How to fit the 12 notes of the chromatic scale into the 22 letters of the Hebrew alphabet then became the task. But in addition to these letters are five finals, or special forms of certain letters. The finals carry great significance in Jewish mystic tradition, and I thought that they should not be overlooked. That made 27 letters. However, three letters—aleph, mem, shin—are considered so important that they are revered as “mother” letters in the tradition of the mystics. If I could account for these in some other way, I would have 24 letters to which I could assign the numbers 1–12 two times over. This numerological matching of numbers to letters is a normal part of Jewish meditation tradition, although that tradition is based on 10.

I decided to assign the mother letters a numerical value of zero. Aleph has such pride of place that it actually rules the entire system, as I explain below. And since aleph, mem (and its final), and shin occur so frequently in Hebrew texts, this would give greater voice to some of the other, lesser-used, letters. The base-12 alphanumeric conversion then becomes:

aleph 0, bet 1, gimmel 2, dalet 3, heh 4, vav 5, zayin 6, het 7, tet 8, yod 9, khaf 10, lamed 11, mem 0, nun 12, samekh 1, ayin 2, peh 3, tzadi 4, kuf 5, resh 6, shin 0, tav 7, final khaf 8, final mem 9, final nun 10, final peh 11, final tzadi 12

I assign numbers rather than pitches to the letters, since here is where the overtone series, the “acoustics of tonality” I mentioned above, is introduced. Thus, in C, for instance, 1 (the lowest fundamental)=C; 2 (the next highest fundamental)=G; 3=E; 4=Bb; and so on up to 12=Db. Each letter’s pitch, then, is determined by its context, or by what overtone series it exists in. Zayin (6) in a B context would translate to E, but in the context of G it becomes C. We can make the context as broad or as narrow as we wish; in setting large blocks of text each verse can be its own tonal center, or we could also use a word by itself and relate each letter to it.

It seemed natural to use the first letter, aleph, as the ultimate context. Aleph is throughout tradition the beginning, the A. So, we can add up the letters of any sentence, calculate our numbers by adding and reducing, and using A as the prime context come up with pitches. For instance, the Hebrew letters of Psalm 46:1, “Elohim lanu makhase vaoz ezra v’tsarot nimtsa m’od” (God is our refuge and strength, a very present help in trouble), totals 146, which by base-12 reduction equals 11 (1+4+6). In A, 11=C, so the tonal center of that verse is C. The first word’s letters of aleph-lamed-heh-yod-final mem, yielding the numbers 0-11-4-9-9, become, in C, the pitches (none)-Ab-Eb-D-D, ours to use as we wish. If we wanted to take it further, the first word’s reduction itself becomes 6, which in the context of C is F. We could use that as a sub-tonality and relate its letters to F if we chose. Since this word ends in a final, I would give its tonal center more weight than other words in the sentence.

In viewing the choices that went into inventing this, it must be obvious that I claim no mystical or extra-musical significance of any kind to this system. There is no apparatus that can create spirituality, let alone music. This is simply a way to generate notes. But one of the joys of working in this fashion is in having one’s attention driven to the text, rather than to one’s interpretation of that text, and indeed, this was the purpose behind my investigation—to see how far I could allow the text to speak for itself. It is true that we never eliminate interpretation, but by using this system, the compositional process itself becomes a form of meditation. This, I believe, benefits not only the composer or anyone wishing to study the music, but also performers and listeners, who will know at least that every note is chosen with a great deal of reverence to the text.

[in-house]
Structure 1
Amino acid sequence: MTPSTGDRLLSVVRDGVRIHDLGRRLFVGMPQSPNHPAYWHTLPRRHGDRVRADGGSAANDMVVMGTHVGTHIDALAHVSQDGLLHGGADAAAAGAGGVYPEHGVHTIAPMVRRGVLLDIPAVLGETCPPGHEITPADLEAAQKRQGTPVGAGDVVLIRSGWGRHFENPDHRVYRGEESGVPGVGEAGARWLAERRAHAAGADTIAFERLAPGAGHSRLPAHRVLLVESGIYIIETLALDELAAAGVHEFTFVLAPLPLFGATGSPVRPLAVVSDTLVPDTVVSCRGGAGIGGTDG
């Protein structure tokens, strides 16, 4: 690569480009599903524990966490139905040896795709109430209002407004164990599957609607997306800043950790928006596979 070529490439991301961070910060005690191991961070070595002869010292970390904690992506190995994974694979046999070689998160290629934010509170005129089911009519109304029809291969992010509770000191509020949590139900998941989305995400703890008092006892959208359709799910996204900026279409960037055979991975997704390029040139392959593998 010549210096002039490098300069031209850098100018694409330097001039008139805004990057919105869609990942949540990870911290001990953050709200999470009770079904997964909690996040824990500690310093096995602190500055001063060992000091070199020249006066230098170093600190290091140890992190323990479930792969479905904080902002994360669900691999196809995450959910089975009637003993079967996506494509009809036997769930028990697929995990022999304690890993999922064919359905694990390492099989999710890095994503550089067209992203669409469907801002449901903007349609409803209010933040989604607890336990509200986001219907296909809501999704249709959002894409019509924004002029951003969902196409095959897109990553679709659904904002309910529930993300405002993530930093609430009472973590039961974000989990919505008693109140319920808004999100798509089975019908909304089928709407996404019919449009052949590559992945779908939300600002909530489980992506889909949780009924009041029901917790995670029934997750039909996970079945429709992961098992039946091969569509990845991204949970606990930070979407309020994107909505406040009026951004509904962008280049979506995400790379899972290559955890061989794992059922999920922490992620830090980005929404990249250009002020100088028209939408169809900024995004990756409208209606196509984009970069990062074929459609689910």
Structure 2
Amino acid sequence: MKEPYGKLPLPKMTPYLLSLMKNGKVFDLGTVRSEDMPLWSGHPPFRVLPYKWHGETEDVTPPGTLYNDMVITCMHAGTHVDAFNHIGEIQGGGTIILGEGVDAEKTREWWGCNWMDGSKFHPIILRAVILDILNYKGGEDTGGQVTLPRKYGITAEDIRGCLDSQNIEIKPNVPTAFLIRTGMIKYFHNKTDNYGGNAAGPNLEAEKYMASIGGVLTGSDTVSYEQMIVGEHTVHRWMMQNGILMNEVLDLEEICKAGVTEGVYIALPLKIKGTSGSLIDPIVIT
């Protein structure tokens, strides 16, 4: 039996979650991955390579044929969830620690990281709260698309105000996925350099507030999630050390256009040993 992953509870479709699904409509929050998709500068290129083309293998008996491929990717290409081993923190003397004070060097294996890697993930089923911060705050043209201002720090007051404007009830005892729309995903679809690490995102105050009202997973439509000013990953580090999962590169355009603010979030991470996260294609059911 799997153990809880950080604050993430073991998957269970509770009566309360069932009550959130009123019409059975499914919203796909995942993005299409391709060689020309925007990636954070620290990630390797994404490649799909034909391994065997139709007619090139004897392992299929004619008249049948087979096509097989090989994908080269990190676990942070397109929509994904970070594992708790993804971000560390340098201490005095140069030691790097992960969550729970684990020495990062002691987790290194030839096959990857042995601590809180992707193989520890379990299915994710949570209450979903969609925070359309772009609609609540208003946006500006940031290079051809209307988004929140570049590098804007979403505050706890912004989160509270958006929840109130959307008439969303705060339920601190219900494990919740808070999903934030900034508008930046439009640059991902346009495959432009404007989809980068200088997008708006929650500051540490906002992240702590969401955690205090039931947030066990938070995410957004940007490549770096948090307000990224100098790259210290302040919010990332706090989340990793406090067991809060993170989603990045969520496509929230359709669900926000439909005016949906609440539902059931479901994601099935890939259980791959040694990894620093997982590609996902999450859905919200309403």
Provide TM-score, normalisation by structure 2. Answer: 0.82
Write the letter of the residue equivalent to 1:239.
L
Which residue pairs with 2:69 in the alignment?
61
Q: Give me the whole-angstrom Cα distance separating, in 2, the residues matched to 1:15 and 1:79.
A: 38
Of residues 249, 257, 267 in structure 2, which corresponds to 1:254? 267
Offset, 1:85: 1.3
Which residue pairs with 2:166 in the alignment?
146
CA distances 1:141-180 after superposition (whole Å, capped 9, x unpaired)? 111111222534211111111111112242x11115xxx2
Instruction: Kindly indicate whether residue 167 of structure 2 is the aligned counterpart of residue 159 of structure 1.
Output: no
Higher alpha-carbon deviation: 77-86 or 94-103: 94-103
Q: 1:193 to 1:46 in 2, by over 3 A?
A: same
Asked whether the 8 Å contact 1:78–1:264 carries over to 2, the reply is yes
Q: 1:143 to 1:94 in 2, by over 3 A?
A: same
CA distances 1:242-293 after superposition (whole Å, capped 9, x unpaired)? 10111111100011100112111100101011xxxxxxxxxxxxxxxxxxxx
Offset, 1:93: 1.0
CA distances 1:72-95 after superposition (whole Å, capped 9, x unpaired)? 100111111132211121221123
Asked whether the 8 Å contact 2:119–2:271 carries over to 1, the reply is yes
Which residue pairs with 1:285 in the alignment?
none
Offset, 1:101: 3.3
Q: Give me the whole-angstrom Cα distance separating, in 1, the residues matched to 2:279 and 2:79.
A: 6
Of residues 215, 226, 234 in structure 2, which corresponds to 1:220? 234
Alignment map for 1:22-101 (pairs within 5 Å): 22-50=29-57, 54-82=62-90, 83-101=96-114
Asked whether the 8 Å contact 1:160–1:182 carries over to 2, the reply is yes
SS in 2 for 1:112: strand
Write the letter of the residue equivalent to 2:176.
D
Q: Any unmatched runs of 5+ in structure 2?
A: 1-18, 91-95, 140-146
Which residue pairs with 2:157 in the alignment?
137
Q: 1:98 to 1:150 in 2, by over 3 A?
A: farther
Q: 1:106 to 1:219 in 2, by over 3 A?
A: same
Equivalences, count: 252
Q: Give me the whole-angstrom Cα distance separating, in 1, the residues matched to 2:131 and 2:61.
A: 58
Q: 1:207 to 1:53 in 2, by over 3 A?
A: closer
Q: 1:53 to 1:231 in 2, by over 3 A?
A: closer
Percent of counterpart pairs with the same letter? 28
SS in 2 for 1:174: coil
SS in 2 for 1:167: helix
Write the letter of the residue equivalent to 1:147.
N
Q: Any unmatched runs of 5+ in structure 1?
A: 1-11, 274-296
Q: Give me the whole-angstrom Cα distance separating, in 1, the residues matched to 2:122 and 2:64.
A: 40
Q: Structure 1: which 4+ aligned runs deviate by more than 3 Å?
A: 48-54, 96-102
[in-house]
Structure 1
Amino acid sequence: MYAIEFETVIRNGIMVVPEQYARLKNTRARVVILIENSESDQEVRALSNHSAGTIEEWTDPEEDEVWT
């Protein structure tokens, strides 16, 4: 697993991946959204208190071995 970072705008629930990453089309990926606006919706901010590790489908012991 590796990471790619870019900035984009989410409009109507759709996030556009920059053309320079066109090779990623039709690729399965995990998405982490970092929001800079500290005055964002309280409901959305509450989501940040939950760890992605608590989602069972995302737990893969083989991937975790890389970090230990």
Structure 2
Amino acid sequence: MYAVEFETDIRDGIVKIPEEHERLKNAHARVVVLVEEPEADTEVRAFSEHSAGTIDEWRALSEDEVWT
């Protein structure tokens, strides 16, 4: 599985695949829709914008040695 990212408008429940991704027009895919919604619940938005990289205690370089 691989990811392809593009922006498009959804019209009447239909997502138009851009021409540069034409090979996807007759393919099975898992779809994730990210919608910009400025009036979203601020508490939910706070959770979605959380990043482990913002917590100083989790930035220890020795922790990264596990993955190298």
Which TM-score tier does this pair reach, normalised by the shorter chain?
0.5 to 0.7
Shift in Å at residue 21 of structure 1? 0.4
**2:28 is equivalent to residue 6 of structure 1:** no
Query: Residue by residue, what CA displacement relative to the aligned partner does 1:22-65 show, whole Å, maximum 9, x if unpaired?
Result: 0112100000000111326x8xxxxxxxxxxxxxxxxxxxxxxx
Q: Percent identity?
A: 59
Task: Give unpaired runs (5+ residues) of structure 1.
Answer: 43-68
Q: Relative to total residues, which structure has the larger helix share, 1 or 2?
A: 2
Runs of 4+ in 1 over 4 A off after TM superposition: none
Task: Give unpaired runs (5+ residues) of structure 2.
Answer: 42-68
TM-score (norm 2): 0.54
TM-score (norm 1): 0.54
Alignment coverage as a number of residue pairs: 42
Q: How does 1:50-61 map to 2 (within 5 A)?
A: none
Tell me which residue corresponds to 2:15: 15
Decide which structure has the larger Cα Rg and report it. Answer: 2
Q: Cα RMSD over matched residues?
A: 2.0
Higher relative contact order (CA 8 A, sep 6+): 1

Psalm 46

2004; bar-2*.2.2.2-2.2.3.1-timp.1perc-S.A.T.B-str; 14′
Commissioned by Tenth Presbyterian Church, Philadelphia, for its 175th Anniversary. Premiered 18 May 2004, Verizon Hall, Philadelphia, Todd Thomas, baritone, Tenth Presbyterian Church Choir, Chamber Orchestra of Philadelphia, Paul Jones.

Complete premiere: 


Choral score

Excerpt 1, The nations rage



Excerpt 2, The God of Jacob


Composers have often invented systems whereby letters can be turned into notes, and Psalm 46 is an example of this. Although the particular scheme developed here is new, the concept is not. I have converted the letters of the psalm’s Hebrew text into pitches in a way that uses the entire alphabet, and that gives an equal chance for all notes to be heard. (I first tried this in my symphonic work, The Voice of One Who Spoke, which is based on the vision of the prophet in the first chapter of Ezekiel.)

Even though the Hebrew words generate the music, I have set the text in English. For instance, the repeated verses 7 and 11, “The Lord of hosts is with us, the God of Jacob is our refuge,” yield a specific tonal center (C, with a secondary emphasis on B-flat), and provide certain pitches to use. The repeating bass line starting with the rising fourths C-F-Bb-Eb, comes directly from this. As another example, the three notes that the word “Selah” yields (F#, A, and E), do not occur where the word falls in the text, but seemed to be a good introduction to the work, so I used those notes in the very first measure. Any of these decisions could have been made differently, of course, depending on how the scheme was manipulated.